The UK's inflation rate, as measured by the Consumer Prices Index, fell to 2% in December, down from 2.1% the month before.
It is the first time inflation has been at or below the government-set target of 2% since November 2009.
The Office for National Statistics said the fall was caused by slower increases in the prices of food.
Inflation as measured by the Retail Prices Index (RPI) rose to 2.7% from 2.6% in November.
The ONS said the rise in prices of both food and non-alcoholic drinks was the smallest it had been since 2006.
Phil Gooding from the ONS told the BBC that a slowdown in the increase of fruit prices, particularly bananas and grapes, as well as meat prices helped to drive the fall in the inflation rate.
Discounts in the run up to Christmas also helped lower the inflation rate, economists said, with the prices of toys and computer games falling at a faster rate last month than a year ago.
However, hikes in gas and electricity bills as well as rising petrol prices had an upward effect on inflation, the ONS said.
The ONS figures were published the day before supermarket chains Tesco and Asda plan to reduce their petrol and diesel prices by up to 2p a litre.
Asda said from Wednesday motorists would pay no more than 126.7p a litre for petrol and 133.7p a litre for diesel, its lowest price for diesel since July 2012.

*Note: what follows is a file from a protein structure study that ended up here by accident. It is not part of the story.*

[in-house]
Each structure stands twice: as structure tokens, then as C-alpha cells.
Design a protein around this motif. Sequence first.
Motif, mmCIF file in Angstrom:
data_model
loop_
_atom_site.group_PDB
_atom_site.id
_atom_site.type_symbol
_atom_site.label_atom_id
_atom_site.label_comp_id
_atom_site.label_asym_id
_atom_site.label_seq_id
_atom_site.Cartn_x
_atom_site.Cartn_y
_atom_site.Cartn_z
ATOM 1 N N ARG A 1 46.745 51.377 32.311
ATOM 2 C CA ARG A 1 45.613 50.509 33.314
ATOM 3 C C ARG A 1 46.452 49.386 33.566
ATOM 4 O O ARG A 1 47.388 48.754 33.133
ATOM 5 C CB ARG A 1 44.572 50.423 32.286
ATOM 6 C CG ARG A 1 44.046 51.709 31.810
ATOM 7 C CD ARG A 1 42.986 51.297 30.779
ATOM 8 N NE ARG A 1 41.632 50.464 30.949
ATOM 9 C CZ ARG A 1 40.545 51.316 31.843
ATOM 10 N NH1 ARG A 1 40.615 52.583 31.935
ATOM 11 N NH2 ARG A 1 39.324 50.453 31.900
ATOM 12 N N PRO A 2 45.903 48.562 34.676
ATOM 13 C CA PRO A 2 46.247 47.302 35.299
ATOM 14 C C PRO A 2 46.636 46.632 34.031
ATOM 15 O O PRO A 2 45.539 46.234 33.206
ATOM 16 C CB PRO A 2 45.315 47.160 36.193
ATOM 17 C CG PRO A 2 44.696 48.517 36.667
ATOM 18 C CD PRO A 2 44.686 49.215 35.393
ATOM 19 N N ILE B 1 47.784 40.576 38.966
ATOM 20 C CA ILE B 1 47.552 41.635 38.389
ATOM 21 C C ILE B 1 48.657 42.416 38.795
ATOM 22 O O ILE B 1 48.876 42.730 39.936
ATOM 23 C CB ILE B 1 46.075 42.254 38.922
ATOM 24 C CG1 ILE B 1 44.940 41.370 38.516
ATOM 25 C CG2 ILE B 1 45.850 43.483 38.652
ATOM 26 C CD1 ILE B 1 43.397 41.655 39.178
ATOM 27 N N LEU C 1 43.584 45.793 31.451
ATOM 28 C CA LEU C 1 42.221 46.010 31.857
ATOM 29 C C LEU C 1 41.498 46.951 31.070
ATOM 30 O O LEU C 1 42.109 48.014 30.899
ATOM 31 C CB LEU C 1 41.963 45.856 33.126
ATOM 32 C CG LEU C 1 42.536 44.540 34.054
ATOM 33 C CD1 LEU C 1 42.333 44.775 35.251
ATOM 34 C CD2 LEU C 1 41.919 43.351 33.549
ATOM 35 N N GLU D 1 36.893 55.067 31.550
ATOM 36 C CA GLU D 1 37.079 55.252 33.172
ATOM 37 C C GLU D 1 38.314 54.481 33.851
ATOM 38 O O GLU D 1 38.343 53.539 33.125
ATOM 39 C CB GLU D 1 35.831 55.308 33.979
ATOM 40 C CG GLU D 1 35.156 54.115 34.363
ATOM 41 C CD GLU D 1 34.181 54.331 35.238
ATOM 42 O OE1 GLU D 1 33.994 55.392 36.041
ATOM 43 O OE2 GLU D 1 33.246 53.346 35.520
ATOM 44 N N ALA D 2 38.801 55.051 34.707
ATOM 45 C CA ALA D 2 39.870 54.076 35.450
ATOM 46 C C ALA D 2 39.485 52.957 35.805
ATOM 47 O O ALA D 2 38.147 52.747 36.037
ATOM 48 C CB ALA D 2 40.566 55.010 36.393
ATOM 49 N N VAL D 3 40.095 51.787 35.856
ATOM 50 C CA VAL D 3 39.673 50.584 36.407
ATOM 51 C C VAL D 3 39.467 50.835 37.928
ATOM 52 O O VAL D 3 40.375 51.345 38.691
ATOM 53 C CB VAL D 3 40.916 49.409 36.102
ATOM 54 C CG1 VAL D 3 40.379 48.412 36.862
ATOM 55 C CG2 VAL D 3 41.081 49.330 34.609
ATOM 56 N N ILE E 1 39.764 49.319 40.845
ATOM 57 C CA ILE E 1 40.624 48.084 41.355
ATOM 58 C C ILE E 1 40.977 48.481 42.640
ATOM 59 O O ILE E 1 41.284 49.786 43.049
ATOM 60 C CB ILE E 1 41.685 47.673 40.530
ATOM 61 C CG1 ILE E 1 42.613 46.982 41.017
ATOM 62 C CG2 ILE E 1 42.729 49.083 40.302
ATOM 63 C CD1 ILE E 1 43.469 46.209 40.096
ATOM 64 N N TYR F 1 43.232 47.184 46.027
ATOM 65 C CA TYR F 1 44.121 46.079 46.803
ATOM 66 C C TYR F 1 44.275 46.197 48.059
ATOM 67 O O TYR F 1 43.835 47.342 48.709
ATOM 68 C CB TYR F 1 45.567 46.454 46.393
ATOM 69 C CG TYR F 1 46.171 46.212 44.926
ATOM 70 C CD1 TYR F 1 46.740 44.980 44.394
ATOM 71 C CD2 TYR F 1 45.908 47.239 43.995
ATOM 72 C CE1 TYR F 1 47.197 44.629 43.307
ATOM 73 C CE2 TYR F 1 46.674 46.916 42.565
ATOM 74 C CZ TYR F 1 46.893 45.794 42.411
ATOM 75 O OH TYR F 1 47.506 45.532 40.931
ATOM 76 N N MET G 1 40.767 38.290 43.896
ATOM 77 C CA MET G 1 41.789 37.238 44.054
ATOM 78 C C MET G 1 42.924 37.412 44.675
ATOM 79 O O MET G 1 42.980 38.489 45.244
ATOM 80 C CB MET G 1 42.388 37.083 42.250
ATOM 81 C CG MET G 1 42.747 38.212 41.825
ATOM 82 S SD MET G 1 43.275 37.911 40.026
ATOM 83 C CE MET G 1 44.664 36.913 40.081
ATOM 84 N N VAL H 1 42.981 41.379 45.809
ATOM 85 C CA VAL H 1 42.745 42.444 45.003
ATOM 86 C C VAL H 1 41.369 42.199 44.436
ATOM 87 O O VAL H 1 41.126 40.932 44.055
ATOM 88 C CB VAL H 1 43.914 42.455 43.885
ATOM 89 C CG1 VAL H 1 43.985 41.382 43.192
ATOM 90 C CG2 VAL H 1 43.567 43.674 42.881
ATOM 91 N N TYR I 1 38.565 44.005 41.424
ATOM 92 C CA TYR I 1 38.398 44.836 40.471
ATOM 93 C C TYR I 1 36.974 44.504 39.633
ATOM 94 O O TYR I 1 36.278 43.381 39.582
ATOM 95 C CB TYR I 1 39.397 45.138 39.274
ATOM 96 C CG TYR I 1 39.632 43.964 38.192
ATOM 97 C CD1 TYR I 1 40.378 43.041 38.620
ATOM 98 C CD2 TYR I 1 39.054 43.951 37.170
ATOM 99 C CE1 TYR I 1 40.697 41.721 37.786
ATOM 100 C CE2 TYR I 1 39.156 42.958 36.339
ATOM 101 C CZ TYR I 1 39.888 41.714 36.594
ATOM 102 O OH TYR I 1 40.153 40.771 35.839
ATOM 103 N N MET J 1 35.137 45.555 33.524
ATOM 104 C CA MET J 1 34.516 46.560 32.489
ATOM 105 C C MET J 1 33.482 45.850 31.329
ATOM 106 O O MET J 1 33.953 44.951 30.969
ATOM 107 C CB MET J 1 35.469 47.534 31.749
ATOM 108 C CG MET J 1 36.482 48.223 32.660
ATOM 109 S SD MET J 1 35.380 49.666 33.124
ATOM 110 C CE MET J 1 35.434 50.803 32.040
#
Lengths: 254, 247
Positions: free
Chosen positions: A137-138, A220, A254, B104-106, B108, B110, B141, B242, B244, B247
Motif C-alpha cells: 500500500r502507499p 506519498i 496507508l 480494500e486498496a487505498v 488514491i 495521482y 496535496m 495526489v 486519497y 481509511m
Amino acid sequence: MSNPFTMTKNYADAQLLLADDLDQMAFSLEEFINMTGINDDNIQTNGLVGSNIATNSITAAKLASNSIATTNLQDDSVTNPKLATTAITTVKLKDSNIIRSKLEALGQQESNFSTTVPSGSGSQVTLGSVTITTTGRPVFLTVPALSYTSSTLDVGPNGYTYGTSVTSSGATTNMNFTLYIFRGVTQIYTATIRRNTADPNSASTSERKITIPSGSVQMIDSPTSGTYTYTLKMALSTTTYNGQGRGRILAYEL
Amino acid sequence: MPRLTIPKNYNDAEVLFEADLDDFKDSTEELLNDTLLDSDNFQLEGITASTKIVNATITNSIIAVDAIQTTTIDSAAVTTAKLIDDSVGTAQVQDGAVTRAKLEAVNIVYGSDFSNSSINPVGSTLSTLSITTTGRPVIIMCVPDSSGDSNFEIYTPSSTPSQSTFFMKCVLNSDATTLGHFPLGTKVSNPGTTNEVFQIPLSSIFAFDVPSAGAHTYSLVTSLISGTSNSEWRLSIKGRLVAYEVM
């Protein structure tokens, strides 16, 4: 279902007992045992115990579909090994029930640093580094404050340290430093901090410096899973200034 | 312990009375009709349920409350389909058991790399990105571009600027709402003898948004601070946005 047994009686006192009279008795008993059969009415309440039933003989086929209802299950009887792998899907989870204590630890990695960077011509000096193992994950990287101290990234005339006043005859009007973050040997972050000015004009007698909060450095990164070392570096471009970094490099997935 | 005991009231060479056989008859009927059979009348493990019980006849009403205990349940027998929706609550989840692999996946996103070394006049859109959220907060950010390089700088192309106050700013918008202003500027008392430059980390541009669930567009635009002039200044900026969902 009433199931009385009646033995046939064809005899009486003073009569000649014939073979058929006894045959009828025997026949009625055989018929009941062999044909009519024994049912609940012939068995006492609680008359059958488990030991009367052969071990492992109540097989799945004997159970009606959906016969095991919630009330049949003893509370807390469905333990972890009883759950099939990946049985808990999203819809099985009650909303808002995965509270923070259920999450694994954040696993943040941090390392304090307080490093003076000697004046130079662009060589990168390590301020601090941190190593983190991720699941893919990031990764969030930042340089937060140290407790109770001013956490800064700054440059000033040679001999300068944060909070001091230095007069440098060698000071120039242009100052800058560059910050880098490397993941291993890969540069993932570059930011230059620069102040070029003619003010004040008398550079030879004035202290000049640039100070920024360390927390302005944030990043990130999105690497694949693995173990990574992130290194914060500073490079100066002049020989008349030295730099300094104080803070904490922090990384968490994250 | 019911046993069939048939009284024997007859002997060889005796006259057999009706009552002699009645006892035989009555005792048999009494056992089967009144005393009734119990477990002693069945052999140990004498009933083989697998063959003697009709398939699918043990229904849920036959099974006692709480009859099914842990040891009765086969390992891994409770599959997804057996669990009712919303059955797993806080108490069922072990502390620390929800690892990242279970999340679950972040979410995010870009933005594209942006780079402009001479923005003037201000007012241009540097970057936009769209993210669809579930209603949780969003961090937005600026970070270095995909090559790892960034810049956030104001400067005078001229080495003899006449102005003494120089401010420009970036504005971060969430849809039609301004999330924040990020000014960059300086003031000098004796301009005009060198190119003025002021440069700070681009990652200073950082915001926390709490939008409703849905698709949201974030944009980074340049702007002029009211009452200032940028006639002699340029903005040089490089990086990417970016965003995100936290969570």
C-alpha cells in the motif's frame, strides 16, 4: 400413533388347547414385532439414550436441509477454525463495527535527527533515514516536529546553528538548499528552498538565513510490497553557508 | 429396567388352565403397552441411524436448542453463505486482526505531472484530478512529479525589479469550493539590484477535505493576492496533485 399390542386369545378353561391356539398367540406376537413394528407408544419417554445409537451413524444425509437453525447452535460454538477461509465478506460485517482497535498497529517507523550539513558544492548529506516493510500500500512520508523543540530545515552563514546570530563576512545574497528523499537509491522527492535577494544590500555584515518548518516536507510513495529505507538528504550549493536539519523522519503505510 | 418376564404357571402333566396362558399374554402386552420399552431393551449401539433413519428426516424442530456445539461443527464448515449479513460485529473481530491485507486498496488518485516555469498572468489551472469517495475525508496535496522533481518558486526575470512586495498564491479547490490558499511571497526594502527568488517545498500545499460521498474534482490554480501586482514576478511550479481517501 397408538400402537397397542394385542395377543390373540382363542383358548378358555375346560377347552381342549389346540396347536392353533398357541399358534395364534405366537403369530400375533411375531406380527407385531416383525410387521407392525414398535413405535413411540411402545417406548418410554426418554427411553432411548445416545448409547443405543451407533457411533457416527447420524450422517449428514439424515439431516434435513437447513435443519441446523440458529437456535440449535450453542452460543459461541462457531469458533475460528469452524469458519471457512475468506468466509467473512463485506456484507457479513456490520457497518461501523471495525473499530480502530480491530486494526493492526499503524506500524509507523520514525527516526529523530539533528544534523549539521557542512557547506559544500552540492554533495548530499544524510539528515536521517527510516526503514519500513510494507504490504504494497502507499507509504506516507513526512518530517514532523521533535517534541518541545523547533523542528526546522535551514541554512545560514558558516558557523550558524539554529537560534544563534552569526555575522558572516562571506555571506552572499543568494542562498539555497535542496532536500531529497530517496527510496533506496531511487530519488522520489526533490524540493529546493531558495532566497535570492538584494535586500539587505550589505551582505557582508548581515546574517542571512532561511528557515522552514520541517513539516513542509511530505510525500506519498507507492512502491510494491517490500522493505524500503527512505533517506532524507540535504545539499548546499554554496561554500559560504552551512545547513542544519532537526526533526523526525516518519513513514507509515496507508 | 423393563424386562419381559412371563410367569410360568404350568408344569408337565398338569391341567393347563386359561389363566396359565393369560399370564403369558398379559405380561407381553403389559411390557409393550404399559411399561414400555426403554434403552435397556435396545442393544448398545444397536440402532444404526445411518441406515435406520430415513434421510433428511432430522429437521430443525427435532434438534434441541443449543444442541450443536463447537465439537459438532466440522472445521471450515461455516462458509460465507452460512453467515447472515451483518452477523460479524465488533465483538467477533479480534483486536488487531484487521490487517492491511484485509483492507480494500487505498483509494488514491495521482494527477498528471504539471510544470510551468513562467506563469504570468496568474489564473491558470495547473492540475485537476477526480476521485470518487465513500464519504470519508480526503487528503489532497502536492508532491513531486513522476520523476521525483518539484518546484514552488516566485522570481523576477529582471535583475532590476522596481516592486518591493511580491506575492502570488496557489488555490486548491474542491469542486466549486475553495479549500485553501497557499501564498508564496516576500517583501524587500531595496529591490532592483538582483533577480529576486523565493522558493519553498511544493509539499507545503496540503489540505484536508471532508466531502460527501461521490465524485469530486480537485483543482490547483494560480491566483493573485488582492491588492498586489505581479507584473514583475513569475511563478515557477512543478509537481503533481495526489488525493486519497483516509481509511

The return to the 2% inflation target was welcomed by Prime Minister David Cameron.
"It's welcome news that inflation is down and on target. As the economy grows and jobs are created this means more security for hard-working people," he said.
Labour's Treasury spokeswoman Catherine McKinnell also welcomed the fall but added: "With prices still rising more than twice as fast as wages, the cost-of-living crisis continues."
Economists said the fall would ease pressure on the Bank of England to raise interest rates following the recent recovery in the economy.
Jeremy Cook, chief economist at currency exchange specialists, World First, said: "The lack of inflation will help stay their hand especially if the pace of job creation seen in the second half of last year also slows."
Chris Williamson, chief economist at Markit, said he now expected inflation to stay close to its 2% target for "some time to come".
"The easing in price pressures is a welcome relief to policy makers at the Bank of England and helps keep the spectre of higher interest rates at bay," he added.
Bank of England governor Mark Carney has indicated that the Bank will not raise interest rates until the unemployment rate, currently at 7.4%, falls below 7%.